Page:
SURPRISE, Ariz. -- James Shields whipped through throwing his first batting practice on Tuesday with happy results.
"It went great, it felt good," Shields said. "Really good -- 25 pitches. This is the time when you can ease into it and then get going."
Afterward, Shields had a brief session with Royals pitching coach Dave Eiland to review his work.
"Every time you're back on the mound and start throwing to hitters again, you've got to kind of remember what you worked on last year and that kind of stuff," Shields said. "It's just a process of getting your mechanics going and getting everything in line."
Shields served up pitches to a couple of Minor Leaguers as well as catcher Frank Pena.
"I think I had one homer hit off me today," Shields said. "When you're telling 'em what's coming, it's a little easier to hit, I guess."
It was Pena who banged the home run, but he noted that Shields' command was excellent and his fastball and changeup were working well.
"His stuff was electric," Pena said.
Although the Phoenix area temperature hit a record 88 degrees on Monday, the Tuesday morning workout was in a pleasant 74 degrees.
"Everything went really well," manager Ned Yost said. "Everybody's getting good work in, everybody's feeling good."
Most of the infielders and outfielders are already in camp and were taking batting practice on Tuesday. Their official reporting date is Wednesday, with the first full-squad workout on Thursday.
Shortstop Alcides Escobar, the only regular who has not yet turned up, is expected on Wednesday, Yost said.
Yost has two intrasquad games scheduled for Feb. 25 and 26. The first game is Feb. 27 against the Rangers.
Zimmer soaking in first big league camp with KC
SURPRISE, Ariz. -- Right-hander Kyle Zimmer, ranked the Royals' top prospect by MLB.com, has a locker in the rookies' corner of the clubhouse as he experiences his first Major League training camp.
"You have expectations of what camp is going to be like, but just being here and being around guys and getting to watch just the way they go about their business, I'm learning from them," Zimmer said. "I think it's going to be great going into this year."
For a while, it was expected that Zimmer might have a chance to jump right into the Royals' starting rotation. After being promoted from Class A Advanced Wilmington to Double-A Northwest Arkansas, he'd posted a 1.93 ERA in four games before being shut down because of an aching shoulder.
"Going through my throwing in December and the beginning of January, I started having a little bit of discomfort similar to the end of last year," Zimmer said. "But I went to Kansas City and got it checked out, and everything structurally is fine. They decided they were going take it a little bit slower. Basically what they told me is my innings are more important to them at the end of the year than right now at the start."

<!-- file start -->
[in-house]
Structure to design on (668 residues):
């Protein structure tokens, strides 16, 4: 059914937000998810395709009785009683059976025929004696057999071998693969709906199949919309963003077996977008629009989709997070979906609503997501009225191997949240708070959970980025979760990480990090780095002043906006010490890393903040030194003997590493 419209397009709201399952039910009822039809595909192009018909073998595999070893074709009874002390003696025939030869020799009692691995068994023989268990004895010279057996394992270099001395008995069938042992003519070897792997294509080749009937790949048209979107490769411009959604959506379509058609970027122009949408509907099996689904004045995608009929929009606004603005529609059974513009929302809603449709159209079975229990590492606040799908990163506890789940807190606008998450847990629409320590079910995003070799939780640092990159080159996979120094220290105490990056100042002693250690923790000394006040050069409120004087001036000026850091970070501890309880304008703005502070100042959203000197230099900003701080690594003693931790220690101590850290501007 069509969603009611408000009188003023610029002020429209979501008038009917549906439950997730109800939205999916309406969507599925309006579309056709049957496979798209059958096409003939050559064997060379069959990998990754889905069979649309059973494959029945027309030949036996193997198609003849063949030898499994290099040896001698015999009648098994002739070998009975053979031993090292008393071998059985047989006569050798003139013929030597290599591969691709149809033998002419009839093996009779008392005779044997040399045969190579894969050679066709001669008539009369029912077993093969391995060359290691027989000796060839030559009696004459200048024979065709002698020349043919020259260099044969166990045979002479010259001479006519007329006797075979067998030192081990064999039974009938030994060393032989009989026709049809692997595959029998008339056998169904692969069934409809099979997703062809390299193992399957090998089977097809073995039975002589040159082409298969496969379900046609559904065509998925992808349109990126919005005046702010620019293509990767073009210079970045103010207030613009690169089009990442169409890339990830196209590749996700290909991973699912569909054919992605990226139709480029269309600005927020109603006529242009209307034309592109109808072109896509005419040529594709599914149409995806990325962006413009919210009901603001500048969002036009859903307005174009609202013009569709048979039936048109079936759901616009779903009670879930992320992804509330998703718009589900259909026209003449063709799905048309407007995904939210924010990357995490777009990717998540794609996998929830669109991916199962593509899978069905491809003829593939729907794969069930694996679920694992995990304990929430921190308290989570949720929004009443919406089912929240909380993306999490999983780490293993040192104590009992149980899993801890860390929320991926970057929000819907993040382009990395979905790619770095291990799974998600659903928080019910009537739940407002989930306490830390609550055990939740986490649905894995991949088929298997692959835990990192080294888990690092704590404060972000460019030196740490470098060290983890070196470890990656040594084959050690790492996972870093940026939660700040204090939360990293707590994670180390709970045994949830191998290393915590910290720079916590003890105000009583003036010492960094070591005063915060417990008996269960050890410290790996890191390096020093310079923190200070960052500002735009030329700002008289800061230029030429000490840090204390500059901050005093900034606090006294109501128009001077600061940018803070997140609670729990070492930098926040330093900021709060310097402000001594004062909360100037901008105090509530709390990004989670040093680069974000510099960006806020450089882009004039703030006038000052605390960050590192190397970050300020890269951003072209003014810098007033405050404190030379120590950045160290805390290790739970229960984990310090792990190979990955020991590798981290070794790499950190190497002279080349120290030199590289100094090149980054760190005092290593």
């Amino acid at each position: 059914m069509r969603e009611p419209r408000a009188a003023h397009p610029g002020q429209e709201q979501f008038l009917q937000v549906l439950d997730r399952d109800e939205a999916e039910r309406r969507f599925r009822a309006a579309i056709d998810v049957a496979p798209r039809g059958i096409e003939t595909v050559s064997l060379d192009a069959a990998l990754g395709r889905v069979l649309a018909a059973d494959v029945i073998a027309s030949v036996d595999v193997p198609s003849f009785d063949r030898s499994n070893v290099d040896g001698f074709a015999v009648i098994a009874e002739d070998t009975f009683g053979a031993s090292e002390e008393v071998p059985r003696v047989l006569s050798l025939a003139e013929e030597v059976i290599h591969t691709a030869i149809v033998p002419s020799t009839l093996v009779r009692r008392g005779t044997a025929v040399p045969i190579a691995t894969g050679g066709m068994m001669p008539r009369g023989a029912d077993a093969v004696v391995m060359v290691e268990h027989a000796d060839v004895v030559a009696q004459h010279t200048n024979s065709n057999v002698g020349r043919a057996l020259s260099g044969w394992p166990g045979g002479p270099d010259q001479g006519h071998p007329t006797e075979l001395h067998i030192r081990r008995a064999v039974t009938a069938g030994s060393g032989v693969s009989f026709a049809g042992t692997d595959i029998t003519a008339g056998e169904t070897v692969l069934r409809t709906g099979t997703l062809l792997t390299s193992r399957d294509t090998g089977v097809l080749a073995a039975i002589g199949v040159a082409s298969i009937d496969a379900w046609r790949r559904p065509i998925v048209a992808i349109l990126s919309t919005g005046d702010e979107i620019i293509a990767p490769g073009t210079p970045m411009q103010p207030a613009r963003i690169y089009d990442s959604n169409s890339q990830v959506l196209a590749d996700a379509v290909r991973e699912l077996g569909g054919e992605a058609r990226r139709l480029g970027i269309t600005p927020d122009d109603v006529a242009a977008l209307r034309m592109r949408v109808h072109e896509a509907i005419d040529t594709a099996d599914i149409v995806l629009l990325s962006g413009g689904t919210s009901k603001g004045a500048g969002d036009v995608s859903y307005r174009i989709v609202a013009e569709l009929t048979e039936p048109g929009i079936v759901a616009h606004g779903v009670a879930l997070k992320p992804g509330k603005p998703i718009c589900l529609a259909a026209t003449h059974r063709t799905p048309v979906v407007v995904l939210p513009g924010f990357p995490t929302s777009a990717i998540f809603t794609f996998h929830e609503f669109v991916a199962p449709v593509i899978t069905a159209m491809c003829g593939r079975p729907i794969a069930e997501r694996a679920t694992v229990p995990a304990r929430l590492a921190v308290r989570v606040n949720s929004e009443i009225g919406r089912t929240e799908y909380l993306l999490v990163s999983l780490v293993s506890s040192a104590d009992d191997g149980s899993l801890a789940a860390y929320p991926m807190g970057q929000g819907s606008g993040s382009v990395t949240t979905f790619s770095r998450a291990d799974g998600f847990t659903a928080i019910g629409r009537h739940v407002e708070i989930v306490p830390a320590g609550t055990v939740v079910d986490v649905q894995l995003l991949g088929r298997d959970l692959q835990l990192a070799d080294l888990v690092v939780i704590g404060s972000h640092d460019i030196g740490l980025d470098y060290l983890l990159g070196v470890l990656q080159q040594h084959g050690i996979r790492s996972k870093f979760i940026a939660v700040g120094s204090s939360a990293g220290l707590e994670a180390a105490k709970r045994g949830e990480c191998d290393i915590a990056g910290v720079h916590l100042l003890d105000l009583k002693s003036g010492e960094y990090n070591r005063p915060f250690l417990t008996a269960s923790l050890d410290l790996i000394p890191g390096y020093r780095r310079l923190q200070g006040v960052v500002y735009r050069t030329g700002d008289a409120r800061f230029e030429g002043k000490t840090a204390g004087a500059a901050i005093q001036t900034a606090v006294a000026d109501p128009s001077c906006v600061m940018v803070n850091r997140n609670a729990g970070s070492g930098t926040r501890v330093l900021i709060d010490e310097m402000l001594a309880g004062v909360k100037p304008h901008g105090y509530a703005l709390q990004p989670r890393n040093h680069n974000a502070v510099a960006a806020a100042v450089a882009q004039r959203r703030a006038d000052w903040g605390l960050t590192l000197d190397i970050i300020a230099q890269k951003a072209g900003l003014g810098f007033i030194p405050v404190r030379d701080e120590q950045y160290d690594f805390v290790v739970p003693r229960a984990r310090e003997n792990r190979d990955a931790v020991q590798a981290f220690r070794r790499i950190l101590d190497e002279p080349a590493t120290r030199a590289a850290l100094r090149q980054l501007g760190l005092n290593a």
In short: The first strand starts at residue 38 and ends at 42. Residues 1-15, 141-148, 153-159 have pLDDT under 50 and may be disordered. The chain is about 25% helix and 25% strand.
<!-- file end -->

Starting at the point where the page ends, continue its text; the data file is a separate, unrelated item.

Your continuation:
So Zimmer doesn't know yet if he'll even get into any Cactus League games. The idea is to have him be going full-bore by the All-Star break or so. In short, if he does well in the Minors and if the Royals need an arm for the stretch run, he might get the call.
"So I think it's going to work out well in terms of my innings limit and everything else. I'll be able to hit stride at the end of the year, when it actually matters for me," he said.
Zimmer, 22, is still getting accustomed to the demands of pitching. He didn't take up the position until his freshman year at the University of San Francisco.
Why did it take him so long to get around to pitching?
"That's a good question. I was hitting the ball too far," he said with a chuckle. "I was just always a hitter growing up, I just never thought about pitching. When I got to USF my freshman year, I went there as a third baseman, and the guy that was starting over me was a junior and had a bunch of home runs the year before and it was obvious I wasn't going to start over him in my freshman year. They saw me throwing it across the infield pretty good and had me try a couple of bullpens and throw a few intrasquad games, and I guess they saw a little potential there and decided to have me stick to it."
Zimmer confided bluntly: "I did not like it at first."
But it turned out pretty well -- Zimmer was the Royals' first-round Draft choice in 2012 after barely three years of pitching.
"So I'm still relatively new to it, but it's great just being around some of these old guys and picking up tidbits here and there as I can," he said, glancing around the Royals' clubhouse. "Just being around in the atmosphere of getting going is fun."
Even though the brakes have been applied in Spring Training, Zimmer is considered to be on a fast track to the Majors.
"I don't really think about it too much," he said. "I just go out there every day when I get to have the ball on the mound and go out and compete. Just try to attack the strike zone and it's not my decision whenever I get moved up or anything like that. I just go about my business as usual and when my time comes, I'll be ready to go."
Dick Kaegel is a reporter for MLB.com. This story was not subject to the approval of Major League Baseball or its clubs.